into those possibilities.

CURNOW: So this isn't just about national security and classified emails. You're saying it's the conflict of interest that is also of huge

concern here.


MANN: -- overlapping issues, though secrecy seems to get all the headlines.

CURNOW: Jon Mann, as always, thank you.

MANN: Sure thing.

CURNOW: Well, for more on the race for the White House, of course, Jon has a show every week that covers the candidates. "POLITICAL MANN" is

on Saturdays at 7:00 pm in London. Be sure to watch every week for the entire campaign.

You're watching the INTERNATIONAL DESK. I'm Robyn Curnow. An American man may have found a new clue in the mystery of Malaysia Airlines

Flight 370. You'll hear from him in a live report -- that's next.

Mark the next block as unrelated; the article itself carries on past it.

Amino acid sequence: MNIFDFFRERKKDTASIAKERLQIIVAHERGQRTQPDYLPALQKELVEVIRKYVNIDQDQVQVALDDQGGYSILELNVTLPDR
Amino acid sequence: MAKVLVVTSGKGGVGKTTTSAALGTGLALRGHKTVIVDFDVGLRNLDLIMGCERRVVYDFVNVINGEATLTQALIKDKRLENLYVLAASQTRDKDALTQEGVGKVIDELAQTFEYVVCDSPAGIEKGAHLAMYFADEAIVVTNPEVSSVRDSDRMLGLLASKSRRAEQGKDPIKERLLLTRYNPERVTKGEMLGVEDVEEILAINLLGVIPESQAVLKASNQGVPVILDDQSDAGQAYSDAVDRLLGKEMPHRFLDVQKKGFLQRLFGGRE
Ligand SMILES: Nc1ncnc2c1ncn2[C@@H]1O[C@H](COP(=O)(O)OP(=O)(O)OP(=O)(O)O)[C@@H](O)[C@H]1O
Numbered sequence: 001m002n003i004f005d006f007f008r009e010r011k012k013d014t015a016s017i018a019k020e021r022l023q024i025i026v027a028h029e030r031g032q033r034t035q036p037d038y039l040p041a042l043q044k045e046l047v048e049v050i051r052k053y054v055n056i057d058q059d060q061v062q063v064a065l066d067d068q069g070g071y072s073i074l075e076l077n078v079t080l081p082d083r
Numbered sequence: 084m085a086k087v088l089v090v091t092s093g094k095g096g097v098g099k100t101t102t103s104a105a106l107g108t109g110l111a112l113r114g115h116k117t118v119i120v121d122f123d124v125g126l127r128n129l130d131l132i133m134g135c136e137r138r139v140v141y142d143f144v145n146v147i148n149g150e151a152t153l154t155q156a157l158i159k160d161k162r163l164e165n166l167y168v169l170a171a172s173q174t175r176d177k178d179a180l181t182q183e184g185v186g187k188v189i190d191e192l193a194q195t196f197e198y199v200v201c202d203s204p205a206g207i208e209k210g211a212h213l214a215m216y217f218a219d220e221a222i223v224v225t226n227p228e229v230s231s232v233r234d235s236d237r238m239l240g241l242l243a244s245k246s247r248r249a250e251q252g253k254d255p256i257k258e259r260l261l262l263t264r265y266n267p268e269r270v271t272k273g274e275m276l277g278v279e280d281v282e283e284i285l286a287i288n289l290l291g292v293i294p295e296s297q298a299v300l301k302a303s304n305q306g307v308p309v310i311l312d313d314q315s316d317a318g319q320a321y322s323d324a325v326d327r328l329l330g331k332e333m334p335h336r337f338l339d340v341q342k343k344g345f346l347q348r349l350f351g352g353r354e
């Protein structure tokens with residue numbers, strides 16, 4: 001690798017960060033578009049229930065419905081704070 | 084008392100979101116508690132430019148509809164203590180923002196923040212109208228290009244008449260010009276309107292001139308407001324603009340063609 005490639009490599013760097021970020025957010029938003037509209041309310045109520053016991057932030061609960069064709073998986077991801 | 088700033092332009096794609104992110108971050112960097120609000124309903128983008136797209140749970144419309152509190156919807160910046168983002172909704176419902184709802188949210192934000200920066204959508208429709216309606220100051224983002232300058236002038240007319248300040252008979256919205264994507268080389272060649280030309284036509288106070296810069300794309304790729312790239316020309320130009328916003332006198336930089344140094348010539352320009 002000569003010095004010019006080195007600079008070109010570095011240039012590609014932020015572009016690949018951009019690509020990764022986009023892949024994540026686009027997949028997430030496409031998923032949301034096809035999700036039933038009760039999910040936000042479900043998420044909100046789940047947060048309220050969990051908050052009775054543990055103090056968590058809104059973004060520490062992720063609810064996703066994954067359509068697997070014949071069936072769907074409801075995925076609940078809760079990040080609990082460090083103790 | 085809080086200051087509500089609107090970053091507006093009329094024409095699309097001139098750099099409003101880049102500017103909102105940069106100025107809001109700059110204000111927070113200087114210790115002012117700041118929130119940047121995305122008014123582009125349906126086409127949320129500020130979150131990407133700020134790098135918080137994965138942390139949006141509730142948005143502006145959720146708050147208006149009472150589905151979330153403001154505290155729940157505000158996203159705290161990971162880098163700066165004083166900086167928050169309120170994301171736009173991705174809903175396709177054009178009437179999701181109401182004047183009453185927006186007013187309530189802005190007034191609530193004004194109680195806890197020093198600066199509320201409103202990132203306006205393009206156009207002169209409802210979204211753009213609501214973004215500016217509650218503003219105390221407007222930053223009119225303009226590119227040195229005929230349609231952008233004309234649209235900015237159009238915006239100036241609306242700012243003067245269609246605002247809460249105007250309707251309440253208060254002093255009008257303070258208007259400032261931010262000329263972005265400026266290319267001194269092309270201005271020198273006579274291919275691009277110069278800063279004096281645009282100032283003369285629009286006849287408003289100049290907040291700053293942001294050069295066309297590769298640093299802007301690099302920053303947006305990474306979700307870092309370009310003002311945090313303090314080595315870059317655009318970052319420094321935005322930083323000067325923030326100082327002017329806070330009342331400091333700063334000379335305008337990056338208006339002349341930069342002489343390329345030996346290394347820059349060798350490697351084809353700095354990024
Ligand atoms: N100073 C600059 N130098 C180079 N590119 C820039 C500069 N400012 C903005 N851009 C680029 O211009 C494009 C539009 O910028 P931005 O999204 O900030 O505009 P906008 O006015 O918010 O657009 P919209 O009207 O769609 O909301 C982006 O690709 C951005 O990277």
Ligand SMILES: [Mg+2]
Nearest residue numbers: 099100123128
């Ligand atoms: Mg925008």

CURNOW: It's aviation's biggest mystery, the disappearance of Malaysia Airlines Flight 370. And we're learning more about the American

man who may have found a portion of the plane's tail section on the coast of Southern Africa last weekend. This just days before the second

anniversary of the jet's disappearance.

CNN's David McKenzie is in Maputo, the capital of Mozambique, and joins us now live.

Hi, there, Dave.

What more do you know?

You have been speaking to this man.

DAVID MCKENZIE, CNN CORRESPONDENT: Hey, Robyn, yes. Blaine Gibson is an enthusiast who blogs about MH-370. He was here on vacation, very well-

traveled tourist. And he went looking for something, anything worth a Dow operator sailor here (ph).

And they found this object on a sandbank, which he then alerted authorities. Here's some new video of the object in question. I'm

standing with the head of the civil aviation authorities.

Right away he said there are things that have alarm bells. The type of material, the size of the writing on it and also the fact that there's

no marine life wedged on it after what would have been two years.

But he did say experts need to examine this to be sure 100 percent. And I put the question of the unlikeliness of this find to Blaine Gibson